Finally – New Pages!
I’ve been pretty busy with contract work and a family emergency in the past couple of weeks, but last night I was finally able to finish the next two pages of Fantasy Story.
I’ve added the new pages to The Story So Far so head over there to read them in continuity. I’m still figuring out the options WordPress has for displaying something like a comic and if anyone has feedback on the readability of the way it’s set up now I’d love to hear it in the comments.
Development of a Comic Page
I love seeing and sharing preliminary work, so this time I’ve posted the roughs for pages 4 and 5 along with the finished pages below.
Rough artwork for Page 4 & 5
In some ways I think the roughs phase is the most fun: planning page layouts, deciding how many panels and which kinds of shots to use to tell the story–without having to worry about details or feel committed to the marks I make–is a lot like solving a puzzle. A puzzle that gives you a god complex and a rush of creative euphoria, that is. Creating a solo comic, if you think about it in film terms, includes the jobs of scriptwriter, director, casting agent, set & wardrobe designers, all the actors, and everything else all rolled into one. That’s a lot of freedom! It also means a lot of decisions to manage on every single page.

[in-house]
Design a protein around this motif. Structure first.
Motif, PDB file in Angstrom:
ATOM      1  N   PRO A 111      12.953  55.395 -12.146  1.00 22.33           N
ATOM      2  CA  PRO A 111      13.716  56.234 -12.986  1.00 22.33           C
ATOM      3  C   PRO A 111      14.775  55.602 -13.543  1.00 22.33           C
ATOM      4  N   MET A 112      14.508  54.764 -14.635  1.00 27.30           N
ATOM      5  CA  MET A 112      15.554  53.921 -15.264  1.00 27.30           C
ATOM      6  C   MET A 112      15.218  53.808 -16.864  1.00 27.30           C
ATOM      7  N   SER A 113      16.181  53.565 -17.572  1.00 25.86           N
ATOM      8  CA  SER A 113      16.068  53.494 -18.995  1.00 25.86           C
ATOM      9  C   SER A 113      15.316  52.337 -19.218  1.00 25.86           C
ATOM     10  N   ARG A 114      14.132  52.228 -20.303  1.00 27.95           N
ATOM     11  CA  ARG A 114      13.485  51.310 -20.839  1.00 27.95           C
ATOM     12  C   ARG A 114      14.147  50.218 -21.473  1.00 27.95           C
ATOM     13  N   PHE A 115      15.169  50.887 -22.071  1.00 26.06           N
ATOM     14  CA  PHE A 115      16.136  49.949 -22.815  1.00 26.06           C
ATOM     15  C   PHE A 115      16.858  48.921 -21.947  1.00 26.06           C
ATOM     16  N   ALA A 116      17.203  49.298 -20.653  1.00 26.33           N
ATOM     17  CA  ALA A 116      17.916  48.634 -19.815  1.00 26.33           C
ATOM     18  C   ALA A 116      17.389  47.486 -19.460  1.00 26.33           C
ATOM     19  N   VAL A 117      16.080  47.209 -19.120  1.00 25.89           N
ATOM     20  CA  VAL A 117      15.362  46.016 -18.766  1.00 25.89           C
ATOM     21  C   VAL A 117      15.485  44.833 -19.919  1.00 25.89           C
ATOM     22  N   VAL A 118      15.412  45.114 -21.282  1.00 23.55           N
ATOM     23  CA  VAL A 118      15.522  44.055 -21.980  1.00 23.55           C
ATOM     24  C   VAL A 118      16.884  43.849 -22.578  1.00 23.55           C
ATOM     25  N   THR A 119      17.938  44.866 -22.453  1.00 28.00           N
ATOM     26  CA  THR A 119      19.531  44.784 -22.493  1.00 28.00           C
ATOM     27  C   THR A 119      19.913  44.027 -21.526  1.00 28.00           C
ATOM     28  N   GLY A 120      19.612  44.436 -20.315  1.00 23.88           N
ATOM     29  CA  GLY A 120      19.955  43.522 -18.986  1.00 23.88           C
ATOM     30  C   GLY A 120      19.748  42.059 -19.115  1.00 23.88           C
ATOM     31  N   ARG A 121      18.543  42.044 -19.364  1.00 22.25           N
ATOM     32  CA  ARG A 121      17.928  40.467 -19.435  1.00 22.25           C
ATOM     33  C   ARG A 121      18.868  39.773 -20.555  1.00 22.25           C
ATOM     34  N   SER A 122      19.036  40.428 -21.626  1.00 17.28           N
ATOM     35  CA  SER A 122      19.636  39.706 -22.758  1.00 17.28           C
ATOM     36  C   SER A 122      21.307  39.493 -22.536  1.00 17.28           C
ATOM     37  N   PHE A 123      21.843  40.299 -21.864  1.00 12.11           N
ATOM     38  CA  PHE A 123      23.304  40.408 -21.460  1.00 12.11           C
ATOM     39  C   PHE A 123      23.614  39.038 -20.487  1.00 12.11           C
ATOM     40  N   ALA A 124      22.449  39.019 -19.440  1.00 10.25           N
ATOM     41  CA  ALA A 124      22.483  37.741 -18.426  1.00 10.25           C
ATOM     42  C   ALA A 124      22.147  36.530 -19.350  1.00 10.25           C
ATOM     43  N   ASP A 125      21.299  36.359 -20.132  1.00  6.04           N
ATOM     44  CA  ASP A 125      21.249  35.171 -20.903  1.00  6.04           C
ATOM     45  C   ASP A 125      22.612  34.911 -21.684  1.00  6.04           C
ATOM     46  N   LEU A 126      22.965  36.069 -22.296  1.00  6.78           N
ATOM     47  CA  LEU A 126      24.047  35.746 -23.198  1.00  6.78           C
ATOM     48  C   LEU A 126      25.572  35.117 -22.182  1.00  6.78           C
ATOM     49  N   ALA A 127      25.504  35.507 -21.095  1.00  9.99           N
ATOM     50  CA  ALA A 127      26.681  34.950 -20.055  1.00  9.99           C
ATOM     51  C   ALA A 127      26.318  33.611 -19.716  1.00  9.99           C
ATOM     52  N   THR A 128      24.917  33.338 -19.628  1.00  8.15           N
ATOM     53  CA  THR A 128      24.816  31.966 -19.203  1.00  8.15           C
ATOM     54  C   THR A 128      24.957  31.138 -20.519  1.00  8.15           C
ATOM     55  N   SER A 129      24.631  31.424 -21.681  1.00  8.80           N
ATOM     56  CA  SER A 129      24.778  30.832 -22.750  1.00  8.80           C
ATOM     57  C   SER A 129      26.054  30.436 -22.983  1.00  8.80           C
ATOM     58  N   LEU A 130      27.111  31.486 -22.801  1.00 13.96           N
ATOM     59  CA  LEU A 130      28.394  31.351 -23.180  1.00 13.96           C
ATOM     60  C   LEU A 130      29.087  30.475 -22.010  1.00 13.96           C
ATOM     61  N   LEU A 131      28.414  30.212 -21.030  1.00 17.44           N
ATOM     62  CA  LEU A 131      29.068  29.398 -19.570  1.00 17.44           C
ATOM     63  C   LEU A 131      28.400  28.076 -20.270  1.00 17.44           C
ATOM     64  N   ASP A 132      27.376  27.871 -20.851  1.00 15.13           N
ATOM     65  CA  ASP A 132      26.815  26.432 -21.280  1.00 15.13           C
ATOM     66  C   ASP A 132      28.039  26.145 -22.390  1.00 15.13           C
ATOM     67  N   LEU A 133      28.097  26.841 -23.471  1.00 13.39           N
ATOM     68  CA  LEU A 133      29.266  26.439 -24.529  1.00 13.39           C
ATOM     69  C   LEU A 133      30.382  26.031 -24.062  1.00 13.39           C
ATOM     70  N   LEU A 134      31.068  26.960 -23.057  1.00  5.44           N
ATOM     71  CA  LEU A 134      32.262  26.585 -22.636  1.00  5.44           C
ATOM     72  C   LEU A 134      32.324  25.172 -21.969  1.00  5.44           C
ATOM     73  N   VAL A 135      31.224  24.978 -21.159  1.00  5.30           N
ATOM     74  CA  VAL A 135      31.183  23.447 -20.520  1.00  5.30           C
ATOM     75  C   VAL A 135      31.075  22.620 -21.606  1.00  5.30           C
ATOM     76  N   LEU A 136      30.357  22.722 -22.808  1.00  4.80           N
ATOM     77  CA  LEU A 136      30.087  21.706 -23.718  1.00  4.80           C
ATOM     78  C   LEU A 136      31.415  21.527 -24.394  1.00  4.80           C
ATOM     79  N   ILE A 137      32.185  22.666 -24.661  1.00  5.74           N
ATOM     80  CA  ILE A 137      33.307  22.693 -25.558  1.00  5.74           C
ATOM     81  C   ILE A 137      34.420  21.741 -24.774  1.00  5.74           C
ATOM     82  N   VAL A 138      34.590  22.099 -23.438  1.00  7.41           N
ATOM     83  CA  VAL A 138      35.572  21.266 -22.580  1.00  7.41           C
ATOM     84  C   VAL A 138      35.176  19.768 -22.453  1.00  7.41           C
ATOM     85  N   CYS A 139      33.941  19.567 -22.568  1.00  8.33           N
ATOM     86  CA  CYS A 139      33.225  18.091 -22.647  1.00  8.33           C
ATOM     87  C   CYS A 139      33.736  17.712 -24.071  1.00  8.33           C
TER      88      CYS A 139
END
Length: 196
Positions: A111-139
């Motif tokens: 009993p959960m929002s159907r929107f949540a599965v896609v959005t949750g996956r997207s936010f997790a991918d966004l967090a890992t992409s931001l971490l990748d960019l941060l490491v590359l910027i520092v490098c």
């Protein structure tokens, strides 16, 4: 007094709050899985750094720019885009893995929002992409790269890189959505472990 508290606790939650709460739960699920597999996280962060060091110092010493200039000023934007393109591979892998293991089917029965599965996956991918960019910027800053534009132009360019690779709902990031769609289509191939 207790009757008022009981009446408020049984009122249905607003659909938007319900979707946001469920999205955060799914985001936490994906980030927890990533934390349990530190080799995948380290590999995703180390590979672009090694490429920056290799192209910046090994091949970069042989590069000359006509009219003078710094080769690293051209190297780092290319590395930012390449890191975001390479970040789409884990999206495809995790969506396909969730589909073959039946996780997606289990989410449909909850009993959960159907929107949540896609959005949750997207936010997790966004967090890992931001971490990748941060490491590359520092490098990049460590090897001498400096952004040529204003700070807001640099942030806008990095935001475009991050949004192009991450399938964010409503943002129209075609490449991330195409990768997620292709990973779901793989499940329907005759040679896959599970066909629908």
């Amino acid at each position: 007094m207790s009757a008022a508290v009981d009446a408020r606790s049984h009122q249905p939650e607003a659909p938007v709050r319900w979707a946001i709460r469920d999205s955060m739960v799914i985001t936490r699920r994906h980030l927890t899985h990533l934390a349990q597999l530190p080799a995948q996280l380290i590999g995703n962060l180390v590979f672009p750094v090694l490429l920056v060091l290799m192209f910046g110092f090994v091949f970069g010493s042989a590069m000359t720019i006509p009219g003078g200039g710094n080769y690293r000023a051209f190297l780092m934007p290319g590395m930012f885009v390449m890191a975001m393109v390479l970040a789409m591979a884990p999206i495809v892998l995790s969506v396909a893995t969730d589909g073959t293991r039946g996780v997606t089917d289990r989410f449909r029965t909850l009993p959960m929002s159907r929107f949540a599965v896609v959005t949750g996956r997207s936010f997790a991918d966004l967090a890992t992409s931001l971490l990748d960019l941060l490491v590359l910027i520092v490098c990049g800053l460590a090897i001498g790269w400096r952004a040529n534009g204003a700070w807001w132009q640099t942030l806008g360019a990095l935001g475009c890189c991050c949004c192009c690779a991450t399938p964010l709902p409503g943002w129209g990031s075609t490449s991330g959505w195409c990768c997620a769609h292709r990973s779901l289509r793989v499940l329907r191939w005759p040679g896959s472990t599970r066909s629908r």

If you look at the rough version of each page next to the final one, you can see I’ve made quite a few changes and refinements. Once I was finished drawing the preliminary art for all of issue 1 it was easier to go back and see with fresh eyes elements that didn’t seem to be working or things I wanted to tweak. My roughs are pretty rough, which means I have more problem-solving to do in the later stages of the page but it also helps to keep me thinking during each stage rather than trying to copy or trace a finished idea. The same holds true for inking my finished pencils: even when penciling the final pages I left things pretty loose and made the final call when I laid down ink.
Out of the Hayloft
In the opening pages, we saw a character with very little context. Now, we’re starting to see more about the world she finds herself in and get some clues as to the setting, time period, and culture this story inhabits. We find out that this is a character who doesn’t seem to know much more than we do–including about herself–but hopefully through her body language, actions, and inner monologue the reader is able to start forming some sense of what this character is like. That’s the tricky part, but hey, that’s my job to worry about!
Comics are like poetry in that you have to communicate everything you want to say within a very small amount of real estate. There’s a pleasing challenge in that kind of dense format.
So, what next?
Hopefully you won’t have to wait around too long to read more; I’ve got a busy couple weeks ahead but I’m excited to get to work on the next three pages and (spoiler alert) introduce a couple new characters into the mix.
Stay tuned, and thanks for reading.